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Standing the test of time: Microsoft researcher honored for prescient machine learning work

July 1, 2015 | By Microsoft blog editor

Posted by Allison Linn

Chris Burges

When Chris J.C. Burges came to Microsoft Research in 2000, he knew he wanted to work on machine learning projects that would have a real impact on users.

Burges definitely succeeded: He ended up being part of a team that created the basis for the ranking system that is still used in Microsoft’s Bing search engine today.

At next week’s International Conference on Machine Learning, Burges, a research manager and principal researcher in Microsoft Research’s Machine Learning Intelligence Group, and his co-authors will receive the Test of Time Award for the 2005 paper that showed how that system works.

The system, called RankNet, was a breakthrough because it was much faster and more accurate than the previous system. Burges said it was able to make as much progress training the search engine system to rank results in one day, using one PC, as a previous system had done in several days using a cluster of computers.

RankNet also relies on neural networks. These are computer systems, loosely modeled after the human brain, that can be trained to perform desired tasks based on data labeled by humans. At the time, Burges said he believes they were the only researchers using that technology for a search engine ranking system.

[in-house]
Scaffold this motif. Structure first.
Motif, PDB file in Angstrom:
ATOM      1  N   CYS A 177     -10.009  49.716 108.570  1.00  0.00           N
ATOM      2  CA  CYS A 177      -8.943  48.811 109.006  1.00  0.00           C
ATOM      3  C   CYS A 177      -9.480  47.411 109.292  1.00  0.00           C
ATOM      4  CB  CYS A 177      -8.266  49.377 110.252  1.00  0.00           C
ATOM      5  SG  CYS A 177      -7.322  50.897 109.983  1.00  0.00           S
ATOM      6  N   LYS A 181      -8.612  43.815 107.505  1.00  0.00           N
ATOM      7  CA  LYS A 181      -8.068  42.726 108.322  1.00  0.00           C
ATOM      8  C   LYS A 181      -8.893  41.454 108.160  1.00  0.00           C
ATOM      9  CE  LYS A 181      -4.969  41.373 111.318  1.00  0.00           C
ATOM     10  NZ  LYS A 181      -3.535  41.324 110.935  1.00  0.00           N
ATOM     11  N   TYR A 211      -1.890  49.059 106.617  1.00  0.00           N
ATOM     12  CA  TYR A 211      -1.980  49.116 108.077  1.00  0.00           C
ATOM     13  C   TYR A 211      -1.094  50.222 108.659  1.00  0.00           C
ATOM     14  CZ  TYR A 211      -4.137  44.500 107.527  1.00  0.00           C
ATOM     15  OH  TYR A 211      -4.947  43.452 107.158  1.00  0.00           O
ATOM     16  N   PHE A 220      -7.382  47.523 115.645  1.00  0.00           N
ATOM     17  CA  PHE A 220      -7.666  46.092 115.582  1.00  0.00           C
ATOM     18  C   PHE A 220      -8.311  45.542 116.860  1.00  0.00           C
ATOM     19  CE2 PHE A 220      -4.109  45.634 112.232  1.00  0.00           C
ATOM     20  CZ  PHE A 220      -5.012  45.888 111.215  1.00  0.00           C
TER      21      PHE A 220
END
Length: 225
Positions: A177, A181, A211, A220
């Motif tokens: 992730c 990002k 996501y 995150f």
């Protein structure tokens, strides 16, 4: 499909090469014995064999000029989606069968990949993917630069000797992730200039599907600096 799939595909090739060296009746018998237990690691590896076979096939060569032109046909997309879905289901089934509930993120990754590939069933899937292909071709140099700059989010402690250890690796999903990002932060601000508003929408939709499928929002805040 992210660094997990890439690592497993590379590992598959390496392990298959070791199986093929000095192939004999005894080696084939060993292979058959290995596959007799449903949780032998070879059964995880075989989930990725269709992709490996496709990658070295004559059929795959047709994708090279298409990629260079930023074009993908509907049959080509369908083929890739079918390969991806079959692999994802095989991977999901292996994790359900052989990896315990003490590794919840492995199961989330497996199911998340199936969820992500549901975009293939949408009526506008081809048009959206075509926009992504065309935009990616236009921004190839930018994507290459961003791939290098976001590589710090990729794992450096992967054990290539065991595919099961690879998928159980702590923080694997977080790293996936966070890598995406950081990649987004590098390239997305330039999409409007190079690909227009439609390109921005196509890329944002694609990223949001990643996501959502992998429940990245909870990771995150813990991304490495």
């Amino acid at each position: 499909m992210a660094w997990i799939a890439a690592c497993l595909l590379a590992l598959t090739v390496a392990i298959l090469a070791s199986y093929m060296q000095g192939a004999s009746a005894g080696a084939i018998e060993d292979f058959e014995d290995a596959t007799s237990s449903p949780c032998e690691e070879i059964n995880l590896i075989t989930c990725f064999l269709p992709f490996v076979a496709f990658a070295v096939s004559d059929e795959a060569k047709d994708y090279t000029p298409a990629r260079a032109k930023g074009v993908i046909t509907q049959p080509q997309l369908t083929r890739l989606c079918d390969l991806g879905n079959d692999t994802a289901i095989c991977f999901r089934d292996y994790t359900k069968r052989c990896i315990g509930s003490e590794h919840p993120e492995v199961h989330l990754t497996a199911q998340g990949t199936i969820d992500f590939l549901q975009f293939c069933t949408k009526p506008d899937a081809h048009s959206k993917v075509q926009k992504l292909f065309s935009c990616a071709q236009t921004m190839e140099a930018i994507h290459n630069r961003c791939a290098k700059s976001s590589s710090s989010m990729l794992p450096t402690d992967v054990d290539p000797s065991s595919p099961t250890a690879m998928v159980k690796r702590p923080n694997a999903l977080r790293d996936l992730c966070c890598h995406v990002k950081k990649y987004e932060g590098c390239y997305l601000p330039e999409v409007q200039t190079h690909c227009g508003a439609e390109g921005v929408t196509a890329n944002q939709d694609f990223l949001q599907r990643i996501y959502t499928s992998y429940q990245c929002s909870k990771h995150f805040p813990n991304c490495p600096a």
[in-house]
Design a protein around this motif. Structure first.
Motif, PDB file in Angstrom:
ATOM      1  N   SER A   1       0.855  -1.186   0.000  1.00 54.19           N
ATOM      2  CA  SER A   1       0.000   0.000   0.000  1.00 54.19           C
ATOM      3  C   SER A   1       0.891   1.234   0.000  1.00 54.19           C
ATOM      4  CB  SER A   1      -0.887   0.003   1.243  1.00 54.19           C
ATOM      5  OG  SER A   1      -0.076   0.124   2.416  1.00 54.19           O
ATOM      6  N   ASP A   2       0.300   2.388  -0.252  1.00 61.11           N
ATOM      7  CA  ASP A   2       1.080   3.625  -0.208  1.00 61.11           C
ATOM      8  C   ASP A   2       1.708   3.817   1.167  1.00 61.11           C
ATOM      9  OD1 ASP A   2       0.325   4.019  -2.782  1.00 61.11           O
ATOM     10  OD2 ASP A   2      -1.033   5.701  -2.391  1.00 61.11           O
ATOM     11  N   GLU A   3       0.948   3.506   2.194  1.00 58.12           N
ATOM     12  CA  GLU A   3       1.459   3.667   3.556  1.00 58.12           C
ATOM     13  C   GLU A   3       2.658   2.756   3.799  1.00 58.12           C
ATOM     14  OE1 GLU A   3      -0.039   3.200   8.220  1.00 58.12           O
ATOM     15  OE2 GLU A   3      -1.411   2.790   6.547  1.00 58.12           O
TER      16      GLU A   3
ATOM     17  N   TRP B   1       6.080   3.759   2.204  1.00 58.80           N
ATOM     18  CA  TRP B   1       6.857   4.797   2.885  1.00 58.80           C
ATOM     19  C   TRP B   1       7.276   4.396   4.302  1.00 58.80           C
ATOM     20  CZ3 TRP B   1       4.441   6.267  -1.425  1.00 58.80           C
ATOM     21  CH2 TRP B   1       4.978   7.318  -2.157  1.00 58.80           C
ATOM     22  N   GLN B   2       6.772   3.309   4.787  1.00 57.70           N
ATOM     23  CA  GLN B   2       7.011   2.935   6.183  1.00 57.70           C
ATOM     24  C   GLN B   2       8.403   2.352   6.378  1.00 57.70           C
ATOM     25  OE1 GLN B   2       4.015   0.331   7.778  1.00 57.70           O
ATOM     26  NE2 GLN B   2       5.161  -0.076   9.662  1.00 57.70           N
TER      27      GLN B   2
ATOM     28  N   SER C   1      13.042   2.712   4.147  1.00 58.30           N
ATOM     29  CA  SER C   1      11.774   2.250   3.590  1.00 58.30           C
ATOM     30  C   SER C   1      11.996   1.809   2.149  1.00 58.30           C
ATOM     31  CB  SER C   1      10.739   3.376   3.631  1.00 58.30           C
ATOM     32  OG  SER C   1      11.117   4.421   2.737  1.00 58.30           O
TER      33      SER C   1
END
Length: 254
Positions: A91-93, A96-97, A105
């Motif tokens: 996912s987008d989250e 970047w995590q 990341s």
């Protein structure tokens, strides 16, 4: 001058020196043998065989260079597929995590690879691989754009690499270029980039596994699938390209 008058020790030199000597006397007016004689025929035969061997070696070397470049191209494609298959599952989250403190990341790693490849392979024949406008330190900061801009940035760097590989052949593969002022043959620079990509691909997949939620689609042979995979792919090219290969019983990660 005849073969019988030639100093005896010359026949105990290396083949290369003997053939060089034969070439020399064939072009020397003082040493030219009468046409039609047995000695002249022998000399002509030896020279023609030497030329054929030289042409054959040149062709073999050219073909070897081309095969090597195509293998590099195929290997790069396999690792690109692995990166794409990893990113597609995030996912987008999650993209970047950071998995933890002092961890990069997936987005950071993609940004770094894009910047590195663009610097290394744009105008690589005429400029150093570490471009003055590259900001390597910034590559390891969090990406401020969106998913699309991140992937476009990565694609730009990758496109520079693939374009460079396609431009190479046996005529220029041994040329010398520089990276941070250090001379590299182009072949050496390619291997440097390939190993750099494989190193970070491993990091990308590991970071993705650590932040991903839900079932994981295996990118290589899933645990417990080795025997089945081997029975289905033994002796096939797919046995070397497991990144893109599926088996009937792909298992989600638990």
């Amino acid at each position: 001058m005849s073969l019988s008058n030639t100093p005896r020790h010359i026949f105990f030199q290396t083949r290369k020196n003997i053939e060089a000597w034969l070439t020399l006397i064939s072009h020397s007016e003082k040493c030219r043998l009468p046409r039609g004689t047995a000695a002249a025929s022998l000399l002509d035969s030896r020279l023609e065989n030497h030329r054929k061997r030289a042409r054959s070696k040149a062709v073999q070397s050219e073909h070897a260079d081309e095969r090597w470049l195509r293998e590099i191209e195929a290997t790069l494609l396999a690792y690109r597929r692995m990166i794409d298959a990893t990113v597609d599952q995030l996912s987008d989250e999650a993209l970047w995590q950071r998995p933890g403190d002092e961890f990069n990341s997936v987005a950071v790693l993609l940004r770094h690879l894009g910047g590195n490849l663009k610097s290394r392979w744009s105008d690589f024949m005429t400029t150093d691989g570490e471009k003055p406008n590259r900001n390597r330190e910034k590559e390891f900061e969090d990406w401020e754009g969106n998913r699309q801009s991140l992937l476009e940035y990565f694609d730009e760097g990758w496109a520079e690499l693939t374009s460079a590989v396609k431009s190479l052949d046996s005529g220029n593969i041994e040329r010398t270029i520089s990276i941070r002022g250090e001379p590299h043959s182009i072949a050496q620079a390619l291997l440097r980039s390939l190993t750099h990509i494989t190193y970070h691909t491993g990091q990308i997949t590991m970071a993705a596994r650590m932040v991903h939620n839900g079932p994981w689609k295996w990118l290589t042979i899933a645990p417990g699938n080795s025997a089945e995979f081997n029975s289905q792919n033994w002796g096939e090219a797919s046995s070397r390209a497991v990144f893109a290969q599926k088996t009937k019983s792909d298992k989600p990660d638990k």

In the last few years, the use of neural networks has exploded, with researchers using them to make great strides in everything from real-time translation to image captioning. The program co-chairs lauded Burges and his team for showing the power of these networks way back in in 2005, long before this most recent renaissance.

Burges said he was drawn to search engine ranking because it was a hot, highly competitive field in which both researchers and technology companies were competing to be the best.

“We knew there was a significant opportunity for having impact,” he said.

These days, Burges is working on a system that aims to teach machines to read and comprehend text, and to be able to answer questions about it.

It’s an ambitious project that, if successful, could have profound implications for artificial intelligence, or the development of systems that can see, hear and understand.

Burges said one thing he’s learned in his career is that it’s worth taking on longshot projects that you are passionate about.

“At some point you should just say, ‘What do I really want to accomplish?’” he said. “And then you should just do it.”

A number of Microsoft researchers are presenting other papers at the machine learning conference. They include:

Allison Linn is a senior writer at Microsoft Research. Follow Allison on Twitter.